Sunday, April 30, 2017

Loosies Of The Week, Apr. 24-30

Welcome to yet another Loosies Of The Week, a wrap-up of this weeks singles, throwaways, leaks, and any other loose tracks I find. Plenty of singles to scavenge through this week, here's the top six I was selectively interested in. 

Shabazz Palaces - Shine A Light

This is the second cycle in a row where I've been genuinely surprised to hear of the announcement of a new Shabazz Palaces record. For some odd reason, 2011's Black Up felt like a one-off album to me, even if there were some preceding EP's already released that I didn't know about at the time. Three years had past and then boom, Lese Majesty out of nowhere. Another three years and the duo of Ismael Butler and Tendai Maraire are back with another strange, Experimental Hip-Hop record centered around some space dude stumbling over humanities inherent problems. Quazarz: Born On A Gangster Star will be released in July, and hype is already at an all-time high considering the praise I bestowed upon Lese Majesty, being my second favorite album of 2014, and the praise on Black Up, which is currently in my top ten albums of all-time. 'Shine A Light,' the album's lead single, does exactly what it needed to do to maintain that hype, proving both musically adept and creatively expansive.

I say that not because it sounds like a Shabazz Palaces song; it doesn't. Their weird, eccentric, yet highly enjoyable Hip-Hop style can be traced back to Black Up's days of supremely mastered, carefully produced, and uniquely engrossing production. On the surface, 'Shine A Light' barely qualifies for any of those representations, finding itself both muddled and poorly mastered, repetitive, and regressive in influence. It's the first song, ironically given the album's concept, from Shabazz Palaces that doesn't sound as if it came from space. 'Shine A Light,' with its classic Boom Bap/Jazz Rap undertone, along with a 60's Soul sample lingering throughout, make the single truly earthbound, highly rooted in Hip-Hop's origins. Which could be purposeful given the song's topic of fakes in the industry. Butler's flow in his sole verse is like butter, fitting each word into each space it's allocated to, while Thaddillac's hook, drowned by vocal effects and the sample's crescendo, still feels enjoyable despite the somewhat crowded arena it lives in.

Frank Ocean - Lens

The strange, nonchalant release schedule of Frank Ocean's recent loosies has been a fresh of breath air for the fans who are typically used to his stalwart silence. The pattern emerging, from 'Chanel' to 'Slide' to 'Biking' to 'Slide On Me's remix, makes it seem as if a Blonded radio broadcast without a new Frank Ocean joint feels lackluster. 'Lens' joins that list of singles, apparent material left out in the wake of Blonde and Endless' conceptually-focused projects. As was the case with all the aforementioned tracks, 'Lens' sports an interesting assortment of ideas, but is general enough to be appreciated without the accompaniment of an album. This is new for Frank Ocean and his legion of followers, but he's pulling it off swimmingly. 'Lens' is another strong single from the musician, telling of his credentials when works like these can be tossed aside as secondhand appetizers.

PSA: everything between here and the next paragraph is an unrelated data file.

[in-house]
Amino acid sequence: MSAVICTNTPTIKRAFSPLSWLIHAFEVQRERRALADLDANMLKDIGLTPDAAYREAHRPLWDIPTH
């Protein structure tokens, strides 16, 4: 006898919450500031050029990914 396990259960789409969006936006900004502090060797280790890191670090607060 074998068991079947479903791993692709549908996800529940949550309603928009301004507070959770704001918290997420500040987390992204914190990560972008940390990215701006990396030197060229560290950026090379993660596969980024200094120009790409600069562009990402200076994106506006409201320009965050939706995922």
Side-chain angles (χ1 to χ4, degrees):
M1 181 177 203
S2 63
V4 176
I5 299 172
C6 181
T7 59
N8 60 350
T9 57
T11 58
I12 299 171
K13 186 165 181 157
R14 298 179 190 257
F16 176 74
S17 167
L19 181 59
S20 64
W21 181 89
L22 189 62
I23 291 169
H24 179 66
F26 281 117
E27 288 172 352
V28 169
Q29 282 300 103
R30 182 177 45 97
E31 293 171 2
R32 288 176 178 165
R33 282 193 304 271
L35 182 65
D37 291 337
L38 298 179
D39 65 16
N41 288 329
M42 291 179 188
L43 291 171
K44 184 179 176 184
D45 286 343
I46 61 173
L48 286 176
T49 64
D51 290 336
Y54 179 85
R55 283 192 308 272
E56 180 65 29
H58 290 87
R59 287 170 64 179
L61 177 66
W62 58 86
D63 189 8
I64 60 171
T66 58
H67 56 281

To me, the most engaging element of 'Lens' is its tenuous build-up, something I rarely hear in music now-a-days. In a sense, it's theatrical, as if the instrumentation keeps piling atop one another, clamoring to be included in the penultimate climax. Reading that whilst listening to the first 90 seconds or so of 'Lens' might give off a strange response, considering Ocean bides his time with just some inflected autotune and a warpy piano. Eventually, some textured synths evade the soundscapes, bringing about comparisons to Endless' works. From then on out, minimal adjustments are made to eventually create something large and tactile. The drums, lush and flavorful, the screeching background vocals, and the dripping synths all help to create a swelling atmosphere that really allows 'Lens' to pay itself off in time.

Sufjan Stevens - Mercury

Sufjan Stevens' creativity knows no bounds. With that being said, he's surely made some questionable decisions. A litany, if you will. Despite not being released until June, Planetarium can already go onto that list. I mean, it is an album about each planet and some excess Milky Way notables, after all. Based on what information we've received thus far, it might be his most out-there work yet, fitting considering the topical nature. First we received the concept. Then the laughable lead single 'Saturn,' then the tracklist which prominently features a song called 'Earth' clocking in at 15 minutes, and now 'Mercury,' the project's crestfallen closer. On the whole, nothing is adding up, and that'll either make for an artistically-rich project, or one that dissolves under the weight of its own lunacy.

However, 'Mercury' shifts the tone to the positive side drastically. For fans of Sufjan Stevens', this is essentially porn. 'Saturn' was a mess, one diluted with poor developmental choices like cheap synths and even cheaper autotune, but 'Mercury' is the opposite. Stevens' torn heart, pulled even further apart by the temperamental notes being played, works wonderfully through his lyrics of a companion running off without looking back. Now sure, this has nothing to do with the planet Mercury, but I presume that'll be most of the album. And considering this is the closer, that can be forgiven. What it is is a beautiful epilogue, complete with a flush, natural tone and the most human of sentiments; pain. In some respects, it's a more active Carrie & Lowell, and considering the lack of excitement that LP was filled with was my primary criticism, this is a welcomed shift. Thanks to the three other artists here for engulfing the finale in a whimsical swoon of instrumentation, even if I still don't care to know your names.